Social media redefines traditional business intelligence strategies

Summary:* Jennifer Leggio is on vacationGuest editorial by Blake CahillCompanies and social media are on a collision course—with positive benefits. Thanks to the Internet and its increasingly social nature, the amount of information and conversation data existing today is breath-taking.

* Jennifer Leggio is on vacation

Guest editorial by Blake Cahill

Social media redefines traditional business intelligence strategies
Companies and social media are on a collision course—with positive benefits. Thanks to the Internet and its increasingly social nature, the amount of information and conversation data existing today is breath-taking. We’ve certainly become more than familiar with the impact social conversations can have on companies and their brands, whether it be the Dove Beauty Campaign or the Motrin mommy blogger fiasco. At the same time, companies are also increasingly savvy about more traditional data collection (finance, sales, etc.) and its impact on business intelligence—getting credible information more quickly into the hands of operations managers and sales reps.

However, as companies build and integrate their business intelligence platforms they often neglect to include vital product and business feedback found in social conversations. Social data is arguably the most challenging to integrate into a BI platform because it’s is so fluid and unstructured. A quick check with Google may tell what hot topics people are searching for, but all the free Web tools available can’t accurately tell what folks are really talking about. That chatter in the ether is affecting purchasing decisions, making it crucial for companies to begin listening and integrating this data into their BI platforms. Social media is no longer an amusing world we can view from afar.

Many companies grapple with the social media world, especially with traditional notions of data quality. Just how comprehensive and reliable is social data? Social media intelligence solutions are increasingly sophisticated at data capture, integration and presentation (however, many are still only a step up from RSS feeds with a different presentation layer). Organizations are just now beginning to understand the need to integrate these perception periscopes into their existing BI and measurement platforms, building cultures and structures to move on the actionable intelligence quickly.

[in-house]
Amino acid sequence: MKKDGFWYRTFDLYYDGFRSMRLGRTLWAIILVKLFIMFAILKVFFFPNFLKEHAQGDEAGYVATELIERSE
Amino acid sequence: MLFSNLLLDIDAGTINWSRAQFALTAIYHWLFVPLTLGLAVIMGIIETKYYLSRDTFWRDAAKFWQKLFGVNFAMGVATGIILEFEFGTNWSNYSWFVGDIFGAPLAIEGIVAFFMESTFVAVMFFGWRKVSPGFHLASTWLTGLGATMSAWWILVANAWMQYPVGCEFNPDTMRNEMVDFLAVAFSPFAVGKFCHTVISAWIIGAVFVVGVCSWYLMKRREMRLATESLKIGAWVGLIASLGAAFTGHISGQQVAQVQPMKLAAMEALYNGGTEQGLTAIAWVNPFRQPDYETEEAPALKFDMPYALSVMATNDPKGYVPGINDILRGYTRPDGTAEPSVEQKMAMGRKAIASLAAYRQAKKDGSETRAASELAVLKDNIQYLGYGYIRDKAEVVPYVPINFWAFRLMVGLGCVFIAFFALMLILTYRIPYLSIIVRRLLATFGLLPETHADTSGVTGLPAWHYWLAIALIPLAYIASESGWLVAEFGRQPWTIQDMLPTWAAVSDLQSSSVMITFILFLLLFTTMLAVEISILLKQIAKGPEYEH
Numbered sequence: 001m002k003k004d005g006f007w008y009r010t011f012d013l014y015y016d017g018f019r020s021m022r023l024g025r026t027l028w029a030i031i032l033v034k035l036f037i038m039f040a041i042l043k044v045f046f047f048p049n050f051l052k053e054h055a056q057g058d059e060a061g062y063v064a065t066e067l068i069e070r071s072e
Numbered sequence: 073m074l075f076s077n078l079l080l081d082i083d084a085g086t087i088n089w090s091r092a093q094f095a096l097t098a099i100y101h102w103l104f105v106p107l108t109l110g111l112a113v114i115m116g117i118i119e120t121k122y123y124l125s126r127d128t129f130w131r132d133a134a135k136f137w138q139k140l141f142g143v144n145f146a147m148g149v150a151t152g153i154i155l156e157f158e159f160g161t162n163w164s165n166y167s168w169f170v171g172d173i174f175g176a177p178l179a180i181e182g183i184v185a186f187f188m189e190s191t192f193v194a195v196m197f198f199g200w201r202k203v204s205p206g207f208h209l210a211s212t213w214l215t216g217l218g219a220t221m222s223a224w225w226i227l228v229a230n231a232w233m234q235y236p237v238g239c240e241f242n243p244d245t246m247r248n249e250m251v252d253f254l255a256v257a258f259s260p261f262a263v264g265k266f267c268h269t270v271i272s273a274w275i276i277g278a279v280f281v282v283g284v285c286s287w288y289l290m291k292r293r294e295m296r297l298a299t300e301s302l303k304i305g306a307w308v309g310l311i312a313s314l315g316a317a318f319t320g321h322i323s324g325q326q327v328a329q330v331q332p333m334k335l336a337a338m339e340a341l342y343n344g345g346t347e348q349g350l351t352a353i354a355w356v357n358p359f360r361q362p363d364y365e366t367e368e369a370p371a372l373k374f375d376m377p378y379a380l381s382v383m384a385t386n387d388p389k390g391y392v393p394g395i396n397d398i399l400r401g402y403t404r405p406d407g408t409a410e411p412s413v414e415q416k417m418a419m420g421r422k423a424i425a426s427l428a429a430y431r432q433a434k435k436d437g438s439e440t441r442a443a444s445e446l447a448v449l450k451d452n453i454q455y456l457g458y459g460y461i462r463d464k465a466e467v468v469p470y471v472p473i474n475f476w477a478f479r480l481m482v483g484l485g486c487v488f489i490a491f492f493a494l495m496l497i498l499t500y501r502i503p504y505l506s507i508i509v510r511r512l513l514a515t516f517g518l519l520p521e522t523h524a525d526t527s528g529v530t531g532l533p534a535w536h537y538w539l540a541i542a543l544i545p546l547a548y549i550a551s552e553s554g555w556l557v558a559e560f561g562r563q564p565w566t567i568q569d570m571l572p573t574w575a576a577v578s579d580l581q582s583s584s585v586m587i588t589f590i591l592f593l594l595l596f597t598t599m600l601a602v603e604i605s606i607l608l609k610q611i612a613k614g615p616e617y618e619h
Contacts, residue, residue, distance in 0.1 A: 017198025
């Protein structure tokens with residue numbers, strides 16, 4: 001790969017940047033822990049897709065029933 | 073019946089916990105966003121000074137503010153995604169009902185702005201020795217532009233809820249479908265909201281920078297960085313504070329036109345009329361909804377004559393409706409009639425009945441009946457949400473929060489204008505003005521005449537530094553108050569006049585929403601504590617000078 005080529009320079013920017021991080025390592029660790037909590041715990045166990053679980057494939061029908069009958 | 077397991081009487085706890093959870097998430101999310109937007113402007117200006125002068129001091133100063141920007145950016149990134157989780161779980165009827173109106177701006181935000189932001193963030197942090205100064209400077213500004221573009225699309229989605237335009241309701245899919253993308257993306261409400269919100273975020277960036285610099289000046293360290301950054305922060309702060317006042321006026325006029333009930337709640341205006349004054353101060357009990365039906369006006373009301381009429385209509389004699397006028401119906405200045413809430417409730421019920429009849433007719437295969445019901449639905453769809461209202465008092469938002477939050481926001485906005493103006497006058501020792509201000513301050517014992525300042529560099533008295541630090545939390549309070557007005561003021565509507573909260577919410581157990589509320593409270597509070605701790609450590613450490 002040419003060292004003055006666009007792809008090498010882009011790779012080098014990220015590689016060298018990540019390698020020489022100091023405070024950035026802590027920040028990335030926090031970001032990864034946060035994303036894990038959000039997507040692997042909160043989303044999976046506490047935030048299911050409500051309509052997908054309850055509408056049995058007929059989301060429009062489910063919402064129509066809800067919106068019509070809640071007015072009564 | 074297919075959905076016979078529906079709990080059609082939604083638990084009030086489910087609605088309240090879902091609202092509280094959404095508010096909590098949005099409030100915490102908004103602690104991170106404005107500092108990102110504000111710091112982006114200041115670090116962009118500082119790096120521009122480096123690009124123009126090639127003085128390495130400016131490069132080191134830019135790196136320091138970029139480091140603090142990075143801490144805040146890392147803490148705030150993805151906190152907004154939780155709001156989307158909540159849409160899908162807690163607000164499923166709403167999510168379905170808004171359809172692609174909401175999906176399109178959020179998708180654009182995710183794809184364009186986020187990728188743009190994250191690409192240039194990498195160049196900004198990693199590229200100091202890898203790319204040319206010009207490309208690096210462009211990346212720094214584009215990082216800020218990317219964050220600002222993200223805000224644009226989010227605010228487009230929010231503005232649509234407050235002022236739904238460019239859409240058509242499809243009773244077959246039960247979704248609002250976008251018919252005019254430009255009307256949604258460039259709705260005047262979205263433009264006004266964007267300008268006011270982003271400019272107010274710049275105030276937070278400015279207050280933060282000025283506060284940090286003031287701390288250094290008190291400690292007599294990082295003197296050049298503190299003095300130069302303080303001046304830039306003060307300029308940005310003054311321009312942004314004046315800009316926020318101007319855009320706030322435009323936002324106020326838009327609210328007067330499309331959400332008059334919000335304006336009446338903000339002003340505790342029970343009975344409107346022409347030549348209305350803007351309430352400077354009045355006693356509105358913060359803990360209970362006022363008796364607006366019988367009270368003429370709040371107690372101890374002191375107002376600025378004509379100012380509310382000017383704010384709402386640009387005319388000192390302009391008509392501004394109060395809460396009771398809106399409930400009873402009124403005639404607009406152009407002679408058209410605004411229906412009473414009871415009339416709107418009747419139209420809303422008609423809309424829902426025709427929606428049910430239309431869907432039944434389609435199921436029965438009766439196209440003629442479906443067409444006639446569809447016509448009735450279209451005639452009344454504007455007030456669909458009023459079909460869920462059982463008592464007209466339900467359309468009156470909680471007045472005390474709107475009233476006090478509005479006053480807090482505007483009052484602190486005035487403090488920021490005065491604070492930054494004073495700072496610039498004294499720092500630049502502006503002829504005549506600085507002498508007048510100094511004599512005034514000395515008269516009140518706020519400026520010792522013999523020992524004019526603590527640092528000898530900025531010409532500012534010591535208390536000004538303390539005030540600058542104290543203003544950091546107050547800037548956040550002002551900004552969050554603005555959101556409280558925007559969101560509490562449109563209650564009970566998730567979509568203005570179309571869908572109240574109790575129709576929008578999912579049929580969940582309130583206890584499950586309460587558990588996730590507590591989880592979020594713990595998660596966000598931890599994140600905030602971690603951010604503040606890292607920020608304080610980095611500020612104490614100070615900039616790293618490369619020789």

At the same time, social media intelligence vendors are starting to tackle the problem of integrating social media into their overall business intelligence offerings. Take Omniture’s announcement on Thursday. Omniture, which makes business optimization software, is continuing to increase its Genesis Network of partners. The company understands it can’t be all things to all people and that best-of-class point solutions benefit from integration, whether it’s data discovery, email management, measurement or metrics.

Really smart people have spent the past decade innovating individual point solutions to solve issues in PR measurement, Web analytics, customer service and other areas. Increasingly, companies today are looking for competitive advantage and can get closer to their customers by listening and learning from them online. But these efforts typically are done off to one side within a company, be it IT or marketing. Firms like Omniture and others realize that social media data needs to be part of an integrated BI approach. Only then will companies achieve the data democratization that gets structured, real-time information into in the hands of people on the front lines of business.

Blake Cahill is senior vice president for Visible Technologies, based in Seattle, a leading provider of social media monitoring and engagement solutions.

Topics: Software, CXO, Data Centers, Data Management, Enterprise Software, IT Employment, Social Enterprise

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